Monday, September 5, 2011

Writing about Family and Friends

I read a lot of memoirs submitted to 3L Publishing for consideration. For the most part, these memoirs don't delve into anything too personal to reveal to the world. In fact, we're working on a new memoir for one of our clients. I've thought about doing a biography and decided I would have to wait until I'm old if I wanted it to be an authentic reflection on this life I'm living. The truth of most of our lives tends to get pretty messy. If I revealed the truth about much of my life, many people might not like to see in print reflections on their true stories. I remember one of my fellow writers doing a seminar about how to write about one's mother or parents while they were still living. You're stepping into some tough territory with that one, especially if you're going to reveal information that would make your mother or father uncomfortable. Some families -- even with the less difficult stories -- just don't want their private lives revealed to the public.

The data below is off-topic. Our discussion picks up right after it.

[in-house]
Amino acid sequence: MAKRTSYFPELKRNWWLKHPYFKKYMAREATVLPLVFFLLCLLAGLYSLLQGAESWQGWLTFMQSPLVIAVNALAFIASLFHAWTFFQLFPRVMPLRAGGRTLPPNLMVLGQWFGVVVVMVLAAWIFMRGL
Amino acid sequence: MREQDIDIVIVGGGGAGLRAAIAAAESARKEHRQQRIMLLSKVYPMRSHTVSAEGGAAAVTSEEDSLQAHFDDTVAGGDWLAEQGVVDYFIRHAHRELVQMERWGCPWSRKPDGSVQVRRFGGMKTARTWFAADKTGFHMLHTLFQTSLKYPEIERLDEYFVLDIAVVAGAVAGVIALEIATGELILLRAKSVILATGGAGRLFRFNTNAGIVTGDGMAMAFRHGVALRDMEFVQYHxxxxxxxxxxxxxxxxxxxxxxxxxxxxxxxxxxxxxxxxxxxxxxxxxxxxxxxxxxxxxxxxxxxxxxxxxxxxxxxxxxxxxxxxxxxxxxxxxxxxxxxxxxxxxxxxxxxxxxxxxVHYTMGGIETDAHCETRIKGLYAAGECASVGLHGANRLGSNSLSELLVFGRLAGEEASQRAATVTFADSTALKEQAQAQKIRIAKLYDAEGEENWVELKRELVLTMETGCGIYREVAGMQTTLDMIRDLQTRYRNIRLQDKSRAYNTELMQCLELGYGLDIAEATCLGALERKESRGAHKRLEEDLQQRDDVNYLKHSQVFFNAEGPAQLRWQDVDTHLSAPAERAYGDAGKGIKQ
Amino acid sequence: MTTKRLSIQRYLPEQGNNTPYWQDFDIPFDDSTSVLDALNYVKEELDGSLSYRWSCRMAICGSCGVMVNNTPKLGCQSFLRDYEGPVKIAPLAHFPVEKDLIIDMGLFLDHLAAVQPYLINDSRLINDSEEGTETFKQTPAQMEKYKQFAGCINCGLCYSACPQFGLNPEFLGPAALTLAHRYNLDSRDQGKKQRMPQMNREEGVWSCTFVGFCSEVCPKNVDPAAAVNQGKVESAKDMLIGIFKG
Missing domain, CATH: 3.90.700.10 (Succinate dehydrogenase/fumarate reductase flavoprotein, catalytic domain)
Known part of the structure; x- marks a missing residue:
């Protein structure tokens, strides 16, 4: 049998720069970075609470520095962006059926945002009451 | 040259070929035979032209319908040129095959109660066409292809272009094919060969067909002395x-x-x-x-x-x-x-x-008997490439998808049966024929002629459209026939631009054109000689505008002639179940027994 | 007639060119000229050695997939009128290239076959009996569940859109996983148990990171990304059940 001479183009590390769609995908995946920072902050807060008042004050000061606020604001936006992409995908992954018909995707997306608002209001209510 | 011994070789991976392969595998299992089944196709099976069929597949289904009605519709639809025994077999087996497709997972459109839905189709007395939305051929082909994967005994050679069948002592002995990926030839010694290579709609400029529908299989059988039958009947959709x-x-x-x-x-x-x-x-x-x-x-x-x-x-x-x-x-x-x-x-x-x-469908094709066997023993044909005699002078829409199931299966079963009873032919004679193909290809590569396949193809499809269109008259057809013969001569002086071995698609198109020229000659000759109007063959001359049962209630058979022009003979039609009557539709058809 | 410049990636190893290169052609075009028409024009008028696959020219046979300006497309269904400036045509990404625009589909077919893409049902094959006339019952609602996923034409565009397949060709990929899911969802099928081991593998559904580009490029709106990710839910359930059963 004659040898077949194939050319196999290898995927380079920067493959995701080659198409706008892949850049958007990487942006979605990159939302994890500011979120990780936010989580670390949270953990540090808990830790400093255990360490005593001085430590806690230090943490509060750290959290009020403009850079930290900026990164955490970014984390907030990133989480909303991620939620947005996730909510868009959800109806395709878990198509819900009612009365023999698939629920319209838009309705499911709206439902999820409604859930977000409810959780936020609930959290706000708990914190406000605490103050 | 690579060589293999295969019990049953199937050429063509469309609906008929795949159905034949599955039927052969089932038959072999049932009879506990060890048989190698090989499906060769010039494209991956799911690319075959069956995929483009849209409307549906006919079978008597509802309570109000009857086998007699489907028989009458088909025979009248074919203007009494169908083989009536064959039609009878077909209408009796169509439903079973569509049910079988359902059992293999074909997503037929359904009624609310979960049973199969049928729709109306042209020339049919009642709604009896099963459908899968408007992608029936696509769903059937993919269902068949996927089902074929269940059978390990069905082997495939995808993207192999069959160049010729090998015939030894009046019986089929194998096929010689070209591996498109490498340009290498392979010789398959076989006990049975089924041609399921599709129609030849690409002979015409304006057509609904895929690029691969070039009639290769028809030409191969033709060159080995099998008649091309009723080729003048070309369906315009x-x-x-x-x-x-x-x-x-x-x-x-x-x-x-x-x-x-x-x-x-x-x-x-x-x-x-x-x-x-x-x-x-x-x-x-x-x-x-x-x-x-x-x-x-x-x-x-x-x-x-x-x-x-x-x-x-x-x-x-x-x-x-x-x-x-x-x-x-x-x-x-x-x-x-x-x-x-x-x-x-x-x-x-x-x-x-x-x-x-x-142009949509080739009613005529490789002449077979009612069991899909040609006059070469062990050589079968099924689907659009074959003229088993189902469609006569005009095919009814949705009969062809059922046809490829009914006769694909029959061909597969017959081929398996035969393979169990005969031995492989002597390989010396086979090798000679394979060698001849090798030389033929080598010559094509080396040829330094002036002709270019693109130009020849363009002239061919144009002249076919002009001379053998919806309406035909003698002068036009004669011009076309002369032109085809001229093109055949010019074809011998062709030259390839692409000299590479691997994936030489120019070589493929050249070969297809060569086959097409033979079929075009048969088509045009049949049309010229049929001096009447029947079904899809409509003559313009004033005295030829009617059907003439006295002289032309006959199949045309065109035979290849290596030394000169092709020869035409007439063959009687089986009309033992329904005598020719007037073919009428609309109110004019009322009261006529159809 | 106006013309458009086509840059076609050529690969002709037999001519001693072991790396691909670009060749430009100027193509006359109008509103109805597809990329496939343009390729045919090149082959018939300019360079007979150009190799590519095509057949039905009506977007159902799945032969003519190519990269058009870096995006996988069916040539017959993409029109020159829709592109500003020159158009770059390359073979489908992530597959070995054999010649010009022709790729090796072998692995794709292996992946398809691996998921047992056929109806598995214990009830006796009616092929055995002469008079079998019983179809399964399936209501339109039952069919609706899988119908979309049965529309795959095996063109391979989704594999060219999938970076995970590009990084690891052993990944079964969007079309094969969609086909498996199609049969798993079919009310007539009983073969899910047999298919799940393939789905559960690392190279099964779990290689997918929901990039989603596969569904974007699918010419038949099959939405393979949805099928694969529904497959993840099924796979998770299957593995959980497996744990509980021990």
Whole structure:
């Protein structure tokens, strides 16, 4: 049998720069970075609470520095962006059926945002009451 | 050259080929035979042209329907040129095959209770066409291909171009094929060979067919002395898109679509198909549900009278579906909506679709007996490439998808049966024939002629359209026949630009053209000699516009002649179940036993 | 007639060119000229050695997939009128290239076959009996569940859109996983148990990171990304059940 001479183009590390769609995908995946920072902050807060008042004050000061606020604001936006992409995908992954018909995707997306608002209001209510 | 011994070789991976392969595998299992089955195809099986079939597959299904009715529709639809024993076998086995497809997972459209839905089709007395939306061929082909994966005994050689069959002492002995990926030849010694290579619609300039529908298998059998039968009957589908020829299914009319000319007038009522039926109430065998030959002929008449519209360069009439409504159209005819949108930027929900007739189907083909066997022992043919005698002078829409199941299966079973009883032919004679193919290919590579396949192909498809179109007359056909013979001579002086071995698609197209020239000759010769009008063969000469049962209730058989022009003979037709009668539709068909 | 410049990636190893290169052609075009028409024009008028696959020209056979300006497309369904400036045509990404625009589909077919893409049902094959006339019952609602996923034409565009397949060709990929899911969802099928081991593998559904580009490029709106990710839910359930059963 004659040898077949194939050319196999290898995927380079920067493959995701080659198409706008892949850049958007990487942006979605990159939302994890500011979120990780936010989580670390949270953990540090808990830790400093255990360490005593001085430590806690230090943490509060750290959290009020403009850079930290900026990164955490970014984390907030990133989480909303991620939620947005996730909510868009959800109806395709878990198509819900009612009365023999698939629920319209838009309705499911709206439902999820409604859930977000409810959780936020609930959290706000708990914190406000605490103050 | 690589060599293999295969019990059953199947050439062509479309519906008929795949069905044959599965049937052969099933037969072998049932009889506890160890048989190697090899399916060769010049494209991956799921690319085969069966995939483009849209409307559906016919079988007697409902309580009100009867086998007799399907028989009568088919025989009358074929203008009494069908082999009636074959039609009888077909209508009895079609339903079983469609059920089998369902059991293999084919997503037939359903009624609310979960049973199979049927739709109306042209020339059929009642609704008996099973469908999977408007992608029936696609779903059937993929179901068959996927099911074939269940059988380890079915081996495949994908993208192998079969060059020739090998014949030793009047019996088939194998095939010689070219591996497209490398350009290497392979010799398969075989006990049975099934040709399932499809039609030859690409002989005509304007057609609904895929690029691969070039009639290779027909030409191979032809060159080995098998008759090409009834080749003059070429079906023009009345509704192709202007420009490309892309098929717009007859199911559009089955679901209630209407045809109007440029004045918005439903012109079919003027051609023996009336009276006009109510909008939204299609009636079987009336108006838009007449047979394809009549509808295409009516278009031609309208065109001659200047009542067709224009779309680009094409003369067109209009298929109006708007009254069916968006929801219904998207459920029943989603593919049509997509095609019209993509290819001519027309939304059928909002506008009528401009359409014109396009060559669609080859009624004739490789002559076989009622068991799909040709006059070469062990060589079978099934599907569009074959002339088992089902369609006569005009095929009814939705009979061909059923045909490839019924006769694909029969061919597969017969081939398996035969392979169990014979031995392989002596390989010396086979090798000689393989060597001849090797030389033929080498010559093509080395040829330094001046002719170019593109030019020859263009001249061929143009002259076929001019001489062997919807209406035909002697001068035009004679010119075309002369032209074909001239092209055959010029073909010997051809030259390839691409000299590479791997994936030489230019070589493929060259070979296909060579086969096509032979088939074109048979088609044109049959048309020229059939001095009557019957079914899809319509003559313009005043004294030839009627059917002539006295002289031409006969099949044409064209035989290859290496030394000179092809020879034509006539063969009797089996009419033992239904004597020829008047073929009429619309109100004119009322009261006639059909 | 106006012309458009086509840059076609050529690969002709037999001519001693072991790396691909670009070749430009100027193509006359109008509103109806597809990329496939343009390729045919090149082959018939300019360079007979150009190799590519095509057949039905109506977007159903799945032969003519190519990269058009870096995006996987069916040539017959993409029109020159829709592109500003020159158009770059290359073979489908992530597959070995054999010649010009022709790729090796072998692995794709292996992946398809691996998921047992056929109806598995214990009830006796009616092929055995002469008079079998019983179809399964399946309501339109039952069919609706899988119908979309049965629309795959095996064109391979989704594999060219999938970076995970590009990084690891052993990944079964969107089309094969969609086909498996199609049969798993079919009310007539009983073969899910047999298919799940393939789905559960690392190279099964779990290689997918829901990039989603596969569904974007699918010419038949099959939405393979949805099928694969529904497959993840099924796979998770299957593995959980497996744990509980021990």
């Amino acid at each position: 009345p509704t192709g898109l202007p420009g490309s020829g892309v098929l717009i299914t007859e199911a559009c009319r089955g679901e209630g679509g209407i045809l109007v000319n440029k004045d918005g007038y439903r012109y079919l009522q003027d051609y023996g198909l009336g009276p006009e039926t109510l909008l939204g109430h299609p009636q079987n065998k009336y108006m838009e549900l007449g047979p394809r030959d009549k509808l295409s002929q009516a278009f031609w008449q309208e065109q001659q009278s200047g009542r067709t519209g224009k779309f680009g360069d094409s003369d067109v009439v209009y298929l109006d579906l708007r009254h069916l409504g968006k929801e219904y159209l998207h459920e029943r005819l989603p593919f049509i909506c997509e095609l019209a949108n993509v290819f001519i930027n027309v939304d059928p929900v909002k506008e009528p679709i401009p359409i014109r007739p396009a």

A few words of wisdom about writing about your personal life. Make sure you get sign off from the person you might mention in the book. Sign off means legal sign off to use their names and stories. This sign off doesn't just apply to family -- it applies to anyone's name you intend to use. Beyond the legal formalities, consider a discussion with the people affected. It's highly ill advised to simply change a family member's name and then spring the book on them after the fact. First, if they can show in court that it's easy enough to determine it's them, they can still sue you. Second, most people don't like nasty surprises. This caution applies to family, friends and acquaintances you intend to reference.

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